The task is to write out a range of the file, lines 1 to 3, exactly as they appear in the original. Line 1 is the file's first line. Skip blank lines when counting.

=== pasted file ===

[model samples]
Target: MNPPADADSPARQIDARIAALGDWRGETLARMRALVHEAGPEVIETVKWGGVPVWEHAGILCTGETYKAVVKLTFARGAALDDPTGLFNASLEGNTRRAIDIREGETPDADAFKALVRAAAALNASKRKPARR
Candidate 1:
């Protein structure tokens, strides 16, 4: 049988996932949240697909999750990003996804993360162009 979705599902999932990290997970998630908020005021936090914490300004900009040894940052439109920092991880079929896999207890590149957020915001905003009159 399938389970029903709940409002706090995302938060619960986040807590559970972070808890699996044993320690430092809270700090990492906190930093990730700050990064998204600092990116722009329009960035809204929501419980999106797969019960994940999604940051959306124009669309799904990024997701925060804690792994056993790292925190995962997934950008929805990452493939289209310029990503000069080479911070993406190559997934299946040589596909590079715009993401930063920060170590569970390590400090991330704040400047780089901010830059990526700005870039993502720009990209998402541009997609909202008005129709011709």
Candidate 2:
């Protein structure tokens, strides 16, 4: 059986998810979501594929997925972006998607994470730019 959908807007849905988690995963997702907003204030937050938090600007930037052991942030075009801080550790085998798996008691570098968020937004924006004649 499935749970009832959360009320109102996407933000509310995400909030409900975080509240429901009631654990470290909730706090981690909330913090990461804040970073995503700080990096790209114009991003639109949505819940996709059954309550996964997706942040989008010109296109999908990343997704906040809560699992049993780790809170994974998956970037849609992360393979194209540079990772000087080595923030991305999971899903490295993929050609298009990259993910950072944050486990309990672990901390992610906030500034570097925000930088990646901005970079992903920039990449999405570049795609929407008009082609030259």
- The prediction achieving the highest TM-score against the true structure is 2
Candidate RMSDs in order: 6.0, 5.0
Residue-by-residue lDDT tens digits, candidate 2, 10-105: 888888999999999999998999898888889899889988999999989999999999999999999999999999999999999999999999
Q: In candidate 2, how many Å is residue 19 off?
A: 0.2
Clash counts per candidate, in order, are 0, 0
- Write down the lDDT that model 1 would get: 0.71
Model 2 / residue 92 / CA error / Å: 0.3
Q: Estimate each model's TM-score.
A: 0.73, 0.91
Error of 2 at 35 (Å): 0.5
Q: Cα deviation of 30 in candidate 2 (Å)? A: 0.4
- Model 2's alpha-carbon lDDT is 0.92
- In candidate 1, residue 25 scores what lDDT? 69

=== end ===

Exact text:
[model samples]
Target: MNPPADADSPARQIDARIAALGDWRGETLARMRALVHEAGPEVIETVKWGGVPVWEHAGILCTGETYKAVVKLTFARGAALDDPTGLFNASLEGNTRRAIDIREGETPDADAFKALVRAAAALNASKRKPARR
Candidate 1: